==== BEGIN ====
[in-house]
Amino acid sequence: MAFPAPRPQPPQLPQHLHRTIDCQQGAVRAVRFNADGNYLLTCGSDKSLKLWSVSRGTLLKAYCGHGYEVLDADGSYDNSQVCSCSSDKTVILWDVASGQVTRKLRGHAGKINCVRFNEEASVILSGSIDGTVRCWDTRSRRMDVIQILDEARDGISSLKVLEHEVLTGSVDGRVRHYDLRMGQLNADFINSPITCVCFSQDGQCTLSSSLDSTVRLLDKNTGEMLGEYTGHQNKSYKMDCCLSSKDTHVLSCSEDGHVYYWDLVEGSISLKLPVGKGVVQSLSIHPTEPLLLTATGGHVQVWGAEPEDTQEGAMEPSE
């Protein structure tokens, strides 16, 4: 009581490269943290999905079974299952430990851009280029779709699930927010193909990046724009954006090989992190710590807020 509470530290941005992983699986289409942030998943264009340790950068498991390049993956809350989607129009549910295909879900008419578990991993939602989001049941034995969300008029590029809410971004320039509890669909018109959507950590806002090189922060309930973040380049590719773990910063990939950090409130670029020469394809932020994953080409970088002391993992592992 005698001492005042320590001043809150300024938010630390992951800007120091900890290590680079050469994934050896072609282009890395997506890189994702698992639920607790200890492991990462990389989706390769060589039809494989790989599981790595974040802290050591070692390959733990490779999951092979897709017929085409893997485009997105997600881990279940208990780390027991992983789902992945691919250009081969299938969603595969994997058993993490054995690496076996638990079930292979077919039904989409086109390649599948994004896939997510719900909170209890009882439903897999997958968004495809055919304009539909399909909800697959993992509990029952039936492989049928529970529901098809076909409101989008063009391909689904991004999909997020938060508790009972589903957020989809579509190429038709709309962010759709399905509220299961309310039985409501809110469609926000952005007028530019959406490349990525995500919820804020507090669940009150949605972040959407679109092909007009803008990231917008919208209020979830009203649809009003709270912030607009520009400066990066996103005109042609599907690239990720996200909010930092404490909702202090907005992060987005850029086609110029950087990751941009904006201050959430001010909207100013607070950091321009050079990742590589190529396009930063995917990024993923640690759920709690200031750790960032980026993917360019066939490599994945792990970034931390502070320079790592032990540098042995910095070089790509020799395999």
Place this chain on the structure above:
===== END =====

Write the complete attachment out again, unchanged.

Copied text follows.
[in-house]
Amino acid sequence: MAFPAPRPQPPQLPQHLHRTIDCQQGAVRAVRFNADGNYLLTCGSDKSLKLWSVSRGTLLKAYCGHGYEVLDADGSYDNSQVCSCSSDKTVILWDVASGQVTRKLRGHAGKINCVRFNEEASVILSGSIDGTVRCWDTRSRRMDVIQILDEARDGISSLKVLEHEVLTGSVDGRVRHYDLRMGQLNADFINSPITCVCFSQDGQCTLSSSLDSTVRLLDKNTGEMLGEYTGHQNKSYKMDCCLSSKDTHVLSCSEDGHVYYWDLVEGSISLKLPVGKGVVQSLSIHPTEPLLLTATGGHVQVWGAEPEDTQEGAMEPSE
């Protein structure tokens, strides 16, 4: 009581490269943290999905079974299952430990851009280029779709699930927010193909990046724009954006090989992190710590807020 509470530290941005992983699986289409942030998943264009340790950068498991390049993956809350989607129009549910295909879900008419578990991993939602989001049941034995969300008029590029809410971004320039509890669909018109959507950590806002090189922060309930973040380049590719773990910063990939950090409130670029020469394809932020994953080409970088002391993992592992 005698001492005042320590001043809150300024938010630390992951800007120091900890290590680079050469994934050896072609282009890395997506890189994702698992639920607790200890492991990462990389989706390769060589039809494989790989599981790595974040802290050591070692390959733990490779999951092979897709017929085409893997485009997105997600881990279940208990780390027991992983789902992945691919250009081969299938969603595969994997058993993490054995690496076996638990079930292979077919039904989409086109390649599948994004896939997510719900909170209890009882439903897999997958968004495809055919304009539909399909909800697959993992509990029952039936492989049928529970529901098809076909409101989008063009391909689904991004999909997020938060508790009972589903957020989809579509190429038709709309962010759709399905509220299961309310039985409501809110469609926000952005007028530019959406490349990525995500919820804020507090669940009150949605972040959407679109092909007009803008990231917008919208209020979830009203649809009003709270912030607009520009400066990066996103005109042609599907690239990720996200909010930092404490909702202090907005992060987005850029086609110029950087990751941009904006201050959430001010909207100013607070950091321009050079990742590589190529396009930063995917990024993923640690759920709690200031750790960032980026993917360019066939490599994945792990970034931390502070320079790592032990540098042995910095070089790509020799395999």
Place this chain on the structure above: